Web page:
03/01/10 – Sister Renee Cormier Celebrates 90th Birthday

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03/01/10 – Sister Renee Cormier Celebrates 90th Birthday

<em>Sister Mary Paul helps Sister Renee show her beautful birthday cake.</em>
Sister Mary Paul helps Sister Renee show her beautful birthday cake.
Sister Renee was born February 25, 1920, in Charleston, South Carolina, the first child of Nelida and Felix Cormier. They named her Marie Frances, the oldest of four girls and twin brothers. Why South Carolina? Her father was a carpenter and repaired ships used in WWI. Her mother was an R.N., having graduated from St. Mary’s Hospital in Duluth. The Cormiers returned to Cloquet and later moved to West Duluth where Marie completed eight grades at St. James School, taught by Benedictine Sisters from St. Scholastica. In 1934 Marie’s mother learned that Mother Agnes Somers was making her annual visitation to the Sisters in Cloquet. Marie and her mother went to Cloquet, hoping to speak with the Reverend Mother. Marie’s mother visited with Mother Agnes and then told Marie that she would go to 9th grade at Villa Sancta Scholaastica as an aspirant under the care of Sister Monica Simon. When Marie realized that being an aspirant could lead to becoming a Sister, she was overjoyed with the arrangement, as she had often expressed her wish to become a Sister and teacher. Marie’s aunt was Sister Marie Mailhot, so Marie knew the life well, as she had often visited Sister Marie. After completing high school at Stanbrook Hall, Marie entered the convent on August 30, 1938. When she completed her postulancy and novitiate, Sister Renee’s first assignment in 1940 was as first grade teacher at St. Thomas School in International Falls. From there she continued to teach in Minneapolis, Chicago, Duluth, Virginia, Crosby, and Wayzata, and finally ended up where she had begun to teach—in International Falls in 1978. Sister Renee has a black book containing each student’s name—1,126 total. Her winning smile and pleasing personality, together with individual interest in each student, endeared her to the little tots. Her creativity was not overlooked as she wrote stories in book form for each student who had difficulty in reading—personal stories to which each could relate. Sister Renee will celebrate a Diamond Jubilee (70 years) this coming summer, and another article about her later years will be included in the 2010 Annual Report. Happy 90th, Sister Renee!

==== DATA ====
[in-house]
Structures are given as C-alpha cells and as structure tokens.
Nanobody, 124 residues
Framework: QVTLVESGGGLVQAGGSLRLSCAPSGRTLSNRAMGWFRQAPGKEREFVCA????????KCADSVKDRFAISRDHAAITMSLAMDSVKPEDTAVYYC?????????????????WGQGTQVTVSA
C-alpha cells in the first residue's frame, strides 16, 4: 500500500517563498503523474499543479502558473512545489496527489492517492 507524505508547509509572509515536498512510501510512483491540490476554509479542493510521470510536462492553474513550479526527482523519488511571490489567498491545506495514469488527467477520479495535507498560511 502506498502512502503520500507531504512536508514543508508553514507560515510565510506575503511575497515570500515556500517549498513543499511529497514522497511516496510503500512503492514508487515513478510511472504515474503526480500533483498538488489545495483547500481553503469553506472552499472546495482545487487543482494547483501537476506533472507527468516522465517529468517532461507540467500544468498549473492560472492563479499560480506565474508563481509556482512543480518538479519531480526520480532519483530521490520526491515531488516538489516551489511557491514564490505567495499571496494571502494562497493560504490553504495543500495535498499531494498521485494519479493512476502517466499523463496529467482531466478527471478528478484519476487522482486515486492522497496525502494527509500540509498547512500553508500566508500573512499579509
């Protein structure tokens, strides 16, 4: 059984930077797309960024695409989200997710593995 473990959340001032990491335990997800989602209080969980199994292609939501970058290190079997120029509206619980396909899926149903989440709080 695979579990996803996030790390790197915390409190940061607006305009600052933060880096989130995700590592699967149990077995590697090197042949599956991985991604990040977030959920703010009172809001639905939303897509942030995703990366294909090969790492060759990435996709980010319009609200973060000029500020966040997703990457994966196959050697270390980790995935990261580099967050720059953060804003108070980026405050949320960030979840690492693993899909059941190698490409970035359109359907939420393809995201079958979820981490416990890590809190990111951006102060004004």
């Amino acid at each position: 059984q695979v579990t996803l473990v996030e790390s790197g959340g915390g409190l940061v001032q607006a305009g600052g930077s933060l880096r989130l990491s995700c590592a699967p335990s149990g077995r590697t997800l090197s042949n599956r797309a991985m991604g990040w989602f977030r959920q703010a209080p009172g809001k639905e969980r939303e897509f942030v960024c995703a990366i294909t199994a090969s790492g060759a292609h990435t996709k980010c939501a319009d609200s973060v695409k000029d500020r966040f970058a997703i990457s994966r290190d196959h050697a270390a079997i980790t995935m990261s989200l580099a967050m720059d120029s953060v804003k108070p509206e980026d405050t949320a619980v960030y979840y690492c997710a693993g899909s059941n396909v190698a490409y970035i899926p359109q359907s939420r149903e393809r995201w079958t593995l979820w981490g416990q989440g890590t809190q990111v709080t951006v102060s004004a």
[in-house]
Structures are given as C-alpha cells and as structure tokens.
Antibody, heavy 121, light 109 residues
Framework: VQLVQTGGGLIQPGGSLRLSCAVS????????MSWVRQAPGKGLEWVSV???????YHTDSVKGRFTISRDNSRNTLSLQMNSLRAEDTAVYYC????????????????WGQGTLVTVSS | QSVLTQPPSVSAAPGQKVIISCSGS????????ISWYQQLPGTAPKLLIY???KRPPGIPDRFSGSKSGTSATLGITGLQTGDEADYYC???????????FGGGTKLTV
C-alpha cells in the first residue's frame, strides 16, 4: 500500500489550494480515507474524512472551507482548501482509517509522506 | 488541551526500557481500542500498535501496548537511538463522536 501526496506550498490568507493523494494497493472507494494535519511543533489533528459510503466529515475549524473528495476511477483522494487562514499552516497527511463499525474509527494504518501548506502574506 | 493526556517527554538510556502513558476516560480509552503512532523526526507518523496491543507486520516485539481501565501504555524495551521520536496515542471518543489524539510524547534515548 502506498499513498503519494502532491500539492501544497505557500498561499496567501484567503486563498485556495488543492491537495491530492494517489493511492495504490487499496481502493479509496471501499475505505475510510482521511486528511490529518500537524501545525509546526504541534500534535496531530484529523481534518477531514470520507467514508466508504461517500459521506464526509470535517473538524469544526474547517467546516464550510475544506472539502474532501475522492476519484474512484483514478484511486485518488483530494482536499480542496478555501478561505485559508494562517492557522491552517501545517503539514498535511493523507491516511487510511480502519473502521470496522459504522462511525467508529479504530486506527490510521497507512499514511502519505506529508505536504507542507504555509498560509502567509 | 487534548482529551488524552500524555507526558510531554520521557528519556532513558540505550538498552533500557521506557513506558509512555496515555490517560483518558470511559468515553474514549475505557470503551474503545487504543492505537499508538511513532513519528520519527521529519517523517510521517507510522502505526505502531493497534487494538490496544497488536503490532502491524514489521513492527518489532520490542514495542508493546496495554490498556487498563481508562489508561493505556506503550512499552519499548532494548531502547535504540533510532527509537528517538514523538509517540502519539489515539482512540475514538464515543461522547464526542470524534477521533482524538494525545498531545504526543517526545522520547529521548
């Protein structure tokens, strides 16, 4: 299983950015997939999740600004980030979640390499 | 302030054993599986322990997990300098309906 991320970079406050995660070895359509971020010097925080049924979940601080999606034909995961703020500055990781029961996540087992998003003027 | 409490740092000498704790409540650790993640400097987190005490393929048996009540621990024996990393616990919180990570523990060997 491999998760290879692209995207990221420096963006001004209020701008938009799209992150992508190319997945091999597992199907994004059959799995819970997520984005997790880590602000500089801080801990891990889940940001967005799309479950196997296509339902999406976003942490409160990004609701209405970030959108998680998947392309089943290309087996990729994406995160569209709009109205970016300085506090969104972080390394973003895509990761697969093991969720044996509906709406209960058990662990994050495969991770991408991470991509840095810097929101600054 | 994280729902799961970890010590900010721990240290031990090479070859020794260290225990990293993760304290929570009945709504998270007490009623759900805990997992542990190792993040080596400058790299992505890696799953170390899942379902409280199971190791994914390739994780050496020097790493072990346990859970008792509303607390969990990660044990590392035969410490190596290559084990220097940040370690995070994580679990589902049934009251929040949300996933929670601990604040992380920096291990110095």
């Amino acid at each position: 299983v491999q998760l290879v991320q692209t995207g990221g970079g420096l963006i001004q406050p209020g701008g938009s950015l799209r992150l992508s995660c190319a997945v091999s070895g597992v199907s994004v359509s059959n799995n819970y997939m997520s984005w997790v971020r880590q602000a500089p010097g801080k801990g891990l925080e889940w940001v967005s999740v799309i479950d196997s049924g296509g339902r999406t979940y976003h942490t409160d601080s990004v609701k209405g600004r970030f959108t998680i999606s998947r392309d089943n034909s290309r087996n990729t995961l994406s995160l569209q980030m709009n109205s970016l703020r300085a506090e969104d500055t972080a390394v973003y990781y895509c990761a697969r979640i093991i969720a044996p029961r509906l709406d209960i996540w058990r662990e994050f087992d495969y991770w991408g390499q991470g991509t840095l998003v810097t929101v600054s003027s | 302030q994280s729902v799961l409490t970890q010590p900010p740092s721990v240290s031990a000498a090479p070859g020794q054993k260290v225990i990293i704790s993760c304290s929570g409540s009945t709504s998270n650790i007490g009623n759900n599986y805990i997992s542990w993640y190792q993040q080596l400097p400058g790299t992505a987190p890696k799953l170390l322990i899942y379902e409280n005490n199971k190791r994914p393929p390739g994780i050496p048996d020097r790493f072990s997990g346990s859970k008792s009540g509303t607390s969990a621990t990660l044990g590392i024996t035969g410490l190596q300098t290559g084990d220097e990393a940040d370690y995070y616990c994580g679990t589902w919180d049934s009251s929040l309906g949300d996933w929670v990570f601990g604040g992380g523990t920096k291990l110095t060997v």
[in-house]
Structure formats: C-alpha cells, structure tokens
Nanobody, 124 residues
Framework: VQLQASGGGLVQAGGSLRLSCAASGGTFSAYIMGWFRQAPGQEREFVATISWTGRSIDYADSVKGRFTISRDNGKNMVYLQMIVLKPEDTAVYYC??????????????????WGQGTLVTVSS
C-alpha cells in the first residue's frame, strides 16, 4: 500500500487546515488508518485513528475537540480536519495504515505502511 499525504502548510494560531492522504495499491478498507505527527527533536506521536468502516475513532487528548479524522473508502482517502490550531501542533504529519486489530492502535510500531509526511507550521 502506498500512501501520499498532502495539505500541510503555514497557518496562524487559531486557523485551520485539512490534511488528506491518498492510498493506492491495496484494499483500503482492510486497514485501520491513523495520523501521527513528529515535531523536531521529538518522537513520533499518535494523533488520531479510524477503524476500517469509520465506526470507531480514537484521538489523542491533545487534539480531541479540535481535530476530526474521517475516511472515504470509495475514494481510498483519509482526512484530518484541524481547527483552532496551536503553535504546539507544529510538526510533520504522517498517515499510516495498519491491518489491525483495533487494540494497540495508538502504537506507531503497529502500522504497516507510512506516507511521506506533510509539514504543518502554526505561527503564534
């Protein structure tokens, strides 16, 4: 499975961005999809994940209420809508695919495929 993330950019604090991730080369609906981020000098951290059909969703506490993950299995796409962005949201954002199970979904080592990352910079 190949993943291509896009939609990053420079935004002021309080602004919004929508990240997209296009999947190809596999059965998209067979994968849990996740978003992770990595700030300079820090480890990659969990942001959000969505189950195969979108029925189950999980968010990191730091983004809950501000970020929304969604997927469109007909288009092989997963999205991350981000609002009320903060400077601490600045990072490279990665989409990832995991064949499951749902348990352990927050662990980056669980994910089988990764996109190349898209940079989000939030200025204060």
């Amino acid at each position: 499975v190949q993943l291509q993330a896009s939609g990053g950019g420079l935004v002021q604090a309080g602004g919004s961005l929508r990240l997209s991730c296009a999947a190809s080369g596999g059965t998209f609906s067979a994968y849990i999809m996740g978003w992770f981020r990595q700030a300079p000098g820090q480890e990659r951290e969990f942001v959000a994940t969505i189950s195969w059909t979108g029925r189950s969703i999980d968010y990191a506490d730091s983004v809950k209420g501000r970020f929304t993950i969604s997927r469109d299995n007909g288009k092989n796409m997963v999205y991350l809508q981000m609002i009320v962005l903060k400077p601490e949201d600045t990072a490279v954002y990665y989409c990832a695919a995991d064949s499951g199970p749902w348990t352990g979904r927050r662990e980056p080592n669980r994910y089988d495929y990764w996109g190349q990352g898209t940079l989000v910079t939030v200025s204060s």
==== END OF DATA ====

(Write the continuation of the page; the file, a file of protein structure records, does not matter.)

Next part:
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–St. Benedict of Nursia, The Rule of Saint Benedict